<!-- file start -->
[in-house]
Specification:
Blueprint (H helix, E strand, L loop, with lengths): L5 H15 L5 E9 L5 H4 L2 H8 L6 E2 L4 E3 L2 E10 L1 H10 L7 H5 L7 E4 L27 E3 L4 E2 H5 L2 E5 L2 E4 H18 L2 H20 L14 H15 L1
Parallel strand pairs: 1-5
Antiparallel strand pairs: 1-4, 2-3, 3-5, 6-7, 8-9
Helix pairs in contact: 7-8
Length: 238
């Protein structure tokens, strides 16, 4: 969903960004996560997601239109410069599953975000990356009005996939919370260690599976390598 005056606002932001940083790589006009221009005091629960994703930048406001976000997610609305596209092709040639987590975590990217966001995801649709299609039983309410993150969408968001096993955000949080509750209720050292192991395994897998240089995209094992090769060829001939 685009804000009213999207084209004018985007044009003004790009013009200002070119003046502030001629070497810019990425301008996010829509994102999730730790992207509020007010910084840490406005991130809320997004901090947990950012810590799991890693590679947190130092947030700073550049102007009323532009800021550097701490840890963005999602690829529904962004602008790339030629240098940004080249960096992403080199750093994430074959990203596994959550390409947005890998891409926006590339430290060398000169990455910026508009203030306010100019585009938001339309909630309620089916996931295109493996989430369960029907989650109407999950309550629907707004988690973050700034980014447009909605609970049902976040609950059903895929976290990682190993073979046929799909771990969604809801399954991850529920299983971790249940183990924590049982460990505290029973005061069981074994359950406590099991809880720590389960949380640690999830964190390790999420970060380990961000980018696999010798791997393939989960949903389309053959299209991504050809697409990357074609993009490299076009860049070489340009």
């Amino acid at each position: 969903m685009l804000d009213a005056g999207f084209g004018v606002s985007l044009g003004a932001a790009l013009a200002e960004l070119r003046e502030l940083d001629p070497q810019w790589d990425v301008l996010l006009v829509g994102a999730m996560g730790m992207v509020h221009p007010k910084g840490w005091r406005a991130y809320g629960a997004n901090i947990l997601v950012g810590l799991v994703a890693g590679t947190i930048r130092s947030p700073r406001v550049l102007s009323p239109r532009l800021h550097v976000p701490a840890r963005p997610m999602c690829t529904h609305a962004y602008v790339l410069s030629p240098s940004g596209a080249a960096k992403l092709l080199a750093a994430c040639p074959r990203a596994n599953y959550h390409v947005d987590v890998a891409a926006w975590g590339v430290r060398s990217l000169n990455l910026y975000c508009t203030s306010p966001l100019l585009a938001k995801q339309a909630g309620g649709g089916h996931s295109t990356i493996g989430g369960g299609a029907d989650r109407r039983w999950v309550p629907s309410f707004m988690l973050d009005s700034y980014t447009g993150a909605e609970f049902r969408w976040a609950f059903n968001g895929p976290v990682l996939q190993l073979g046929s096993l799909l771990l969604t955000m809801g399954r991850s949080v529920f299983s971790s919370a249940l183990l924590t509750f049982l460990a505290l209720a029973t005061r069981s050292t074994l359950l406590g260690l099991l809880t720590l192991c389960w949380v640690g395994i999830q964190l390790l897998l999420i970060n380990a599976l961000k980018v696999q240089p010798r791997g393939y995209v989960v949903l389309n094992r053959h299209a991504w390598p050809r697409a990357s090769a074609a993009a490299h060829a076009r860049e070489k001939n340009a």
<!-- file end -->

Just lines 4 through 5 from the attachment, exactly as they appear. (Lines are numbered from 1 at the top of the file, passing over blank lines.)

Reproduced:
Parallel strand pairs: 1-5
Antiparallel strand pairs: 1-4, 2-3, 3-5, 6-7, 8-9